OXTED (centre, Cieren Fallon) beats BATTAASH (right) ARECIBO (2nd right) and EXTRAVAGANT KID (red) in The King's Stand Stakes Royal Ascot 15 Jun 2021 - Pic Steven Cargill / Racingfotos.com

Top Draw Biases for the 2024 Flat Season

Over the past week I have finished collating thousands of stats, and crunching most of them, in order to be primed and ready for the new turf flat season, writes Dave Renham.

The first things I always update in the close season are draw statistics for each course and distance. If possible, I want to stay ahead of the crowd by noticing whether biases seem to be strengthening, weakening, or potential new biases are emerging. When analysing draw bias, I tend to focus on handicaps only with at least eight runners (generally the more runners the better). A good chunk of the data shared in this piece will be from 8+ runner handicaps only.

While draw bias may not have the overall impact it had twenty to thirty years ago, there are still enough edges in play to give shrewd punters a leg up. However, it is crucial to fully understand how strong any biases are and whether the market has compensated, or in some cases over-compensated. It has been two years since I last looked at draw bias on Geegeez so let’s crack on and review a selection of my recent findings and their potential ramifications.

 

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Ascot 5f to 1 mile (straight course)

The straight track at Ascot is one I keep a close eye on, not just year on year, but meeting by meeting, day by day. Draw biases seem to come and go at the Berkshire track and it is not always easy to predict how strong they will be and which part of the track, if any, will be favoured. Biases are most likely to occur in big field handicaps where the runners tend to split into two or sometimes three groups.

At the Royal Meeting in 2023 there were six straight course handicaps where the field sizes ranged from 26 to 30 runners. The first such contest of the week, the Royal Hunt Cup, produced the following result. The first ten finishers are shown:

 

 

Although the winner Jimi Hendrix was drawn in single figures the next six finishers were drawn in the 20s and eight of the top ten were drawn between 20 and 30. This race suggested that higher draws held a decent edge over middle / low draws. Now, just because one race displays a draw bias like this, we cannot be certain that this will be replicated in subsequent races during the same meeting. However, last year, by the end of the Thursday punters should have been fairly confident that there was a playable high draw bias, as the Buckingham Palace handicap that ended proceedings on the third day of the Royal meeting delivered the first five horses home from stalls 24, 23, 12, 21 and 22.

Indeed, this high draw bias was repeated in all three of the big field handicaps that took place on the Friday and the Saturday. For example, the first six in the Sandringham were drawn 25, 16, 18, 24, 20 and 29, while in the Palace of Holyroodhouse the first six finishers were drawn 25, 16, 17, 20, 27 and 29.

I mentioned earlier that draw biases at Ascot are not always replicated in subsequent races. This comes from watching and punting on many past Royal meetings. There have been times where the draw bias seems to have flip-flopped from race to race. Why this happens is not always clear. It could be that what appears to be a draw bias might in fact be down to a pace-based bias. As punters we need to make an informed judgement whenever we see what appears to be a draw bias at a specific meeting, to decide whether it actually is one or not.

The Royal Meeting, though, does provide the best opportunity to profit from draw bias at Ascot. Essentially, for me there are three ways I tend to play the draw at Royal Ascot on the straight course:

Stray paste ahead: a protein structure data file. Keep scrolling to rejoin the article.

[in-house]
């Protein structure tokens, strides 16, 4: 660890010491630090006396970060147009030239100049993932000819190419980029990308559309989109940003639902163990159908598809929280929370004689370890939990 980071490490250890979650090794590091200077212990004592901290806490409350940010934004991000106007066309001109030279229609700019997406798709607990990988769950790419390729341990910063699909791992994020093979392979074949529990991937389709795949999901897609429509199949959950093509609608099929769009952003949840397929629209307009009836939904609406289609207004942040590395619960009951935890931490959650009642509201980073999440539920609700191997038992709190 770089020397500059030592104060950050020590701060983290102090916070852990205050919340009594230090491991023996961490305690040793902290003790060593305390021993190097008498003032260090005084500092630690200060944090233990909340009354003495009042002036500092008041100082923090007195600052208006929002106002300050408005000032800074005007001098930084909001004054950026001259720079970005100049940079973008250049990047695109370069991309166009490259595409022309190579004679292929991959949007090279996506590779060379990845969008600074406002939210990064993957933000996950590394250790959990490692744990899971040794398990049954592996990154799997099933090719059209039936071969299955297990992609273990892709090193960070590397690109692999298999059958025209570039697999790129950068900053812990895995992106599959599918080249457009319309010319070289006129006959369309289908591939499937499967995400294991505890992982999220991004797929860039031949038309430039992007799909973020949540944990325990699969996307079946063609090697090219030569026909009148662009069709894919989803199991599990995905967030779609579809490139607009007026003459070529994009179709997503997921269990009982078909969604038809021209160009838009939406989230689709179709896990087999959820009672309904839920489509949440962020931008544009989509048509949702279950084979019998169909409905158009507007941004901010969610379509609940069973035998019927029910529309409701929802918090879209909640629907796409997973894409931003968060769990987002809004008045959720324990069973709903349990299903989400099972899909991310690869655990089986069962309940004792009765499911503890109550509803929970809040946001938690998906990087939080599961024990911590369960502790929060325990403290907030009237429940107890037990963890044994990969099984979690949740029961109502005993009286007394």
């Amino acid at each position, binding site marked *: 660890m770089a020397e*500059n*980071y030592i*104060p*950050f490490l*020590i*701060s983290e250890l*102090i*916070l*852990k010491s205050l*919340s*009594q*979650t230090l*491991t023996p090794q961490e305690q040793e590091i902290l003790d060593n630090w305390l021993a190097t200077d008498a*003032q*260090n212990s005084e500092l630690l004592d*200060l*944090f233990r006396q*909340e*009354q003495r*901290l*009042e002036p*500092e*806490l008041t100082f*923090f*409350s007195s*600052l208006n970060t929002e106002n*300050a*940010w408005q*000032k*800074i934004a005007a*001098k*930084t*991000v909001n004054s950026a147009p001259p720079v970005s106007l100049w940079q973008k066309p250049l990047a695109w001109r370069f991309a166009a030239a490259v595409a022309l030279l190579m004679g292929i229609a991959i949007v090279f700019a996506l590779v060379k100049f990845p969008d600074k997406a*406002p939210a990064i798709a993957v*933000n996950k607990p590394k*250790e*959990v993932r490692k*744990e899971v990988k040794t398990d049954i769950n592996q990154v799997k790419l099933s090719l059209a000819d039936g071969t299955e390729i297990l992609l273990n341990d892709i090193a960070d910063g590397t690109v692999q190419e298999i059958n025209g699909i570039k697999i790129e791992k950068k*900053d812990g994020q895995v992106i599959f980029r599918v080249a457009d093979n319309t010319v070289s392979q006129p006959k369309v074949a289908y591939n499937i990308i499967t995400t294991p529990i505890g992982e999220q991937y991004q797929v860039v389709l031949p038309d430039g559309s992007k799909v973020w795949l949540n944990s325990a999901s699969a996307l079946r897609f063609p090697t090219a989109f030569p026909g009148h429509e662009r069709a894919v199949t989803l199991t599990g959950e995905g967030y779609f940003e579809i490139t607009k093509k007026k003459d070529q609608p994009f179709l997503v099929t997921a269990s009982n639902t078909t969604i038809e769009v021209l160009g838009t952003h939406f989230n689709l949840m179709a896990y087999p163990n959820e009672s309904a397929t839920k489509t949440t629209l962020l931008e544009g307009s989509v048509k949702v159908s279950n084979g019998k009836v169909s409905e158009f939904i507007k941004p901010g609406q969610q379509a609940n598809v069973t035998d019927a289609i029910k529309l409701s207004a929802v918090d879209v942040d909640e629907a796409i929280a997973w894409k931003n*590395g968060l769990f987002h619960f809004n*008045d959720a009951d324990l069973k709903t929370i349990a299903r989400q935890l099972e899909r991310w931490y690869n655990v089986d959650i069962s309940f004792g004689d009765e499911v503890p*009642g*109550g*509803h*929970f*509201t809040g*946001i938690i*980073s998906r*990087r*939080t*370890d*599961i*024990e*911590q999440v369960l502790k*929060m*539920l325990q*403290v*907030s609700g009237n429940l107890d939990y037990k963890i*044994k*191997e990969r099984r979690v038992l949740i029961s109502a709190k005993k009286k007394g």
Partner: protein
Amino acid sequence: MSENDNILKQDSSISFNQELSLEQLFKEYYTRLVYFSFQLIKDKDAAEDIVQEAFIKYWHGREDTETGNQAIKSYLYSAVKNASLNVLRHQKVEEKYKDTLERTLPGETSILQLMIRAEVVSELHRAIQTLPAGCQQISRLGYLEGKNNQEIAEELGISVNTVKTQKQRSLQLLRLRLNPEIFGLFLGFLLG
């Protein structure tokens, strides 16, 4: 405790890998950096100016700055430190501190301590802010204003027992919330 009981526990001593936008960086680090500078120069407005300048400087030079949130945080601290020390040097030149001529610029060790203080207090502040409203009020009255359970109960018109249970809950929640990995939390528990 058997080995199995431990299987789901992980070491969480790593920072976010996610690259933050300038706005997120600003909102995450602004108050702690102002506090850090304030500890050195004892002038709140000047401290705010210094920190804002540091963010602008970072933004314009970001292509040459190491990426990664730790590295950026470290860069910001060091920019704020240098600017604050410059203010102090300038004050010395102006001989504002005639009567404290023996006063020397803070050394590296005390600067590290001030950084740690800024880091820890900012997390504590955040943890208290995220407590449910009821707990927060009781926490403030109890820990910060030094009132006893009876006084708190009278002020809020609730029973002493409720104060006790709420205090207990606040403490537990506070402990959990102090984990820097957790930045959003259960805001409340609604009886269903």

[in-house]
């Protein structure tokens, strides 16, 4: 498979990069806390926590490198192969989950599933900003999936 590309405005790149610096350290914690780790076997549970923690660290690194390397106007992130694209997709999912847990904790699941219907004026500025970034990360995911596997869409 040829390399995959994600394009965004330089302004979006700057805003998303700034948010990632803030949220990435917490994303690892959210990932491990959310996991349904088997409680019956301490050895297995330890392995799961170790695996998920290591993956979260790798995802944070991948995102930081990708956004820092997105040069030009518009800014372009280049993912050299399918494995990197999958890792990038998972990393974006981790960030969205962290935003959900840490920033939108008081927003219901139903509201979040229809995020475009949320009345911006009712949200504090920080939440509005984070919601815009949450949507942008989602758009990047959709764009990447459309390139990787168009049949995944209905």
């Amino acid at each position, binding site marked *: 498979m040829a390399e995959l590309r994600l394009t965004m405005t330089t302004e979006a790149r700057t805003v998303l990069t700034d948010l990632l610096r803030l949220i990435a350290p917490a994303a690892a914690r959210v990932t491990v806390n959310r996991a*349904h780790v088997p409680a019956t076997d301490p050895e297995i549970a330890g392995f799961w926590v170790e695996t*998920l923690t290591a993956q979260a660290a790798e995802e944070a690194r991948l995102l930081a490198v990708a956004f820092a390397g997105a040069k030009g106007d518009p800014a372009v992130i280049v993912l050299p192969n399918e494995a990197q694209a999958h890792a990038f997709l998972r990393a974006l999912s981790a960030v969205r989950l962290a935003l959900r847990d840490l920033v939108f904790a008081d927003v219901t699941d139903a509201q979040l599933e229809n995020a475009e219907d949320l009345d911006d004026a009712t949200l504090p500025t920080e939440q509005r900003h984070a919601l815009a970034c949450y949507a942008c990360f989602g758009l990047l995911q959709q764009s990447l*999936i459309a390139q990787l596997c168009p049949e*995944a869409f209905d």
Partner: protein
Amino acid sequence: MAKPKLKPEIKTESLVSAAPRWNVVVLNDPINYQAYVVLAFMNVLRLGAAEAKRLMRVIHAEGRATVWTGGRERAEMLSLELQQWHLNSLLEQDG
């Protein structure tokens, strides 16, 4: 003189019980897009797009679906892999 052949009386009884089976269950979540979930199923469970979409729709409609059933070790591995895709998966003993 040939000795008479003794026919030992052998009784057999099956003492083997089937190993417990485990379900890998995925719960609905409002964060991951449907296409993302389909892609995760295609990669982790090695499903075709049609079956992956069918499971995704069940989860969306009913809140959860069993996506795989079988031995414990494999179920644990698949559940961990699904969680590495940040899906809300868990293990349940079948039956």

1. Split the stalls into three and focus solely on that part of the draw from which I think there will be an advantage. If I am right, then by eliminating two-thirds of the runners, my chances of profiting increase considerably. I can take this view before any big field handicaps have taken place or I can wait for one or two to give me a steer.
  2. Wait for the first race or two and if one or both races have shown a strong bias, take the contrarian view and focus on what looks to be the unfavoured side. Bookmakers will be aware of the previous races and are likely to shorten up the expected ‘favoured’ side and push out prices of those drawn on the presumed unfavoured side. If the bias flip-flops, as mentioned earlier that it can do, then we have secured have excellent value. This is a risk-reward approach.
  3. Back horses on either flank – one high, one low. Or if the field is in the mid-20s or higher I often play two either side. Alternatively, I go one high, one low, one middle. This is a hedging approach and I probably use this method the most taking the view I have more options covered and can still get value prices backing three or four runners due to the big field sizes.

Certainly 2023 was high draw friendly at Ascot on the straight course. If we look at all handicaps across the year with 14 or more runners we see the following draw splits:

 

 

As can be seen, high draws dominated the win strike rate, the P/L bottom line, PRB, A/E indices and Impact Values.

Will high draws dominate in 2024? Only time will tell. However, with big fields we should be able to get some value prices especially if the draw turns out to be in our favour.

 

Brighton 1 mile

Two years ago, when I wrote a series of articles on the draw, I mentioned the 1-mile Brighton bias in the third article. At the time, I had not previously been aware of this bias. In that piece the draw data from 2016 to 2021 suggested that high draws held an edge with low draws being at a disadvantage. Looking at the 2023 figures for handicaps with 8+ runners we see the following:

 

 

Obviously, the sample size of eight races is tiny, but the PRB figures are especially potent in terms of suggesting a bias still exists. Indeed, combining last year’s results with 2022 we get a bigger sample and the same pattern:

 

 

So, in the two years since sharing the high draw bias with Geegeez readers, we can see nothing appears to have changed. In fact, one could argue the bias looks slightly more pronounced. There are two additional findings I would like to share. Firstly, horses drawn 11 and higher have a PRB figure of 0.65 over this 2-year period. Secondly, if you had permed the highest three draws in combination forecasts you would have secured an 18.63-point profit.